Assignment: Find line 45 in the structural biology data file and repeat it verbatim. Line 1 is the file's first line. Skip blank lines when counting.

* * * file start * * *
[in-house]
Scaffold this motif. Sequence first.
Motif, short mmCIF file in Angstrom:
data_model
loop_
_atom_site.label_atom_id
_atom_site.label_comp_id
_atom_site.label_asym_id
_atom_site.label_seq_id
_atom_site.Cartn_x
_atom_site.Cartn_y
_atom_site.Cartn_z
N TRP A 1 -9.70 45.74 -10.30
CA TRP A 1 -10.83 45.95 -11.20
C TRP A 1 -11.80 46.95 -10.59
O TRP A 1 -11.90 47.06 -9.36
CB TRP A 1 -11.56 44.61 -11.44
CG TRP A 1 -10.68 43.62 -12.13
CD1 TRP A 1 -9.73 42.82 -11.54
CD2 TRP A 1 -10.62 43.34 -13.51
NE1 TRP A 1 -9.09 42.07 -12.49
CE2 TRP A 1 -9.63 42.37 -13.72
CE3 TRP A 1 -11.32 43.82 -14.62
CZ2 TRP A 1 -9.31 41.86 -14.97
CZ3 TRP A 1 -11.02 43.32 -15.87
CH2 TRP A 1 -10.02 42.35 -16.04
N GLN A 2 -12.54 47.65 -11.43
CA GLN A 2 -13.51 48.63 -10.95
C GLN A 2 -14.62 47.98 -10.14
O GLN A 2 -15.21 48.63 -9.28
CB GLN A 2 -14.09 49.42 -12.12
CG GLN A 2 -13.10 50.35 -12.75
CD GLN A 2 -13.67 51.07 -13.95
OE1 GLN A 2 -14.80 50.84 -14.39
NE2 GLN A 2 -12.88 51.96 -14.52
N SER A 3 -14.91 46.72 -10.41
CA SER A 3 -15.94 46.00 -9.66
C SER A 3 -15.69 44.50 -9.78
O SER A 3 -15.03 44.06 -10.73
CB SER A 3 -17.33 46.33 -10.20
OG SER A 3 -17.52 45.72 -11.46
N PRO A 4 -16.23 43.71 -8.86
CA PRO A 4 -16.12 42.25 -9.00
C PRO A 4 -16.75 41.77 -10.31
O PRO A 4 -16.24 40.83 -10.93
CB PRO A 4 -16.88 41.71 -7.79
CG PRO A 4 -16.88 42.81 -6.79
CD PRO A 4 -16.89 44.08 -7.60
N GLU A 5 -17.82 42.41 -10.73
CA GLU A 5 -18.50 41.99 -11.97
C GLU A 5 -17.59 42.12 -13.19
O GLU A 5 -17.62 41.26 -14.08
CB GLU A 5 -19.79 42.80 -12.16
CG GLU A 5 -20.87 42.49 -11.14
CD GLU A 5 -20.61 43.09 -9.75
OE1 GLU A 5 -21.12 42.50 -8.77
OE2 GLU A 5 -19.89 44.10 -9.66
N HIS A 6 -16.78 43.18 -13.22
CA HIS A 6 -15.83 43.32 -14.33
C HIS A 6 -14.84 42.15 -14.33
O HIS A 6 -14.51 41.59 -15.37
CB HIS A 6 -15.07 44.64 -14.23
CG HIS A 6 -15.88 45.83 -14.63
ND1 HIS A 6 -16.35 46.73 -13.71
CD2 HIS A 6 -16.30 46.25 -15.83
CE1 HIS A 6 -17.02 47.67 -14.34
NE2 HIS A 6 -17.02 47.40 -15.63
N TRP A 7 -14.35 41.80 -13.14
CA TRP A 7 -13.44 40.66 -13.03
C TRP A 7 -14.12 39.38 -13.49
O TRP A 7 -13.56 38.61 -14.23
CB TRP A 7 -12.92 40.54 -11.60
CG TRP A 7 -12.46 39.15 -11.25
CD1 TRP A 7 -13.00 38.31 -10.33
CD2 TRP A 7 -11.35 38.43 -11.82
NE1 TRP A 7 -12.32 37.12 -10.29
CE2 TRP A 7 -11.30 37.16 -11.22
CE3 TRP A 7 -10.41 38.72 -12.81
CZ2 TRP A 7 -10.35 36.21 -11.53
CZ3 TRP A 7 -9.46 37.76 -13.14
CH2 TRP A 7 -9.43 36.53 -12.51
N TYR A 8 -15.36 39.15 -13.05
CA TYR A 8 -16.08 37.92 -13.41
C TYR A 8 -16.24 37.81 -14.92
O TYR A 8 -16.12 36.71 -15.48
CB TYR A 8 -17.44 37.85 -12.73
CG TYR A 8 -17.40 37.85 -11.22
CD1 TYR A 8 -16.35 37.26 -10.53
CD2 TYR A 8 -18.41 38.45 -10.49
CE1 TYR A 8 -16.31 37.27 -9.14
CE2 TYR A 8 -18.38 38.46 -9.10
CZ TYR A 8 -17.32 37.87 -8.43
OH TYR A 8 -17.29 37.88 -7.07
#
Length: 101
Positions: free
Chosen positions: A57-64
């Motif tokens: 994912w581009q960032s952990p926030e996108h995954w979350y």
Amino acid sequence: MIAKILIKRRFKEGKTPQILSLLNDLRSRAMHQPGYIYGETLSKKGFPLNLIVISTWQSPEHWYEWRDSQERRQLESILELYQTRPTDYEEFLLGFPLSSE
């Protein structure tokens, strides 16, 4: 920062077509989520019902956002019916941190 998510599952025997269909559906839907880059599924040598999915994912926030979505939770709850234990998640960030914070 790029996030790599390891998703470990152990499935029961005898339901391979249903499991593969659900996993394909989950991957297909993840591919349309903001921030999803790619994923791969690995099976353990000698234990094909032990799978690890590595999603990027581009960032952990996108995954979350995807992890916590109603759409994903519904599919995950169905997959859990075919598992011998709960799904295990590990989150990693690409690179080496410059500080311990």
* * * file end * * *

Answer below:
O PRO A 4 -16.24 40.83 -10.93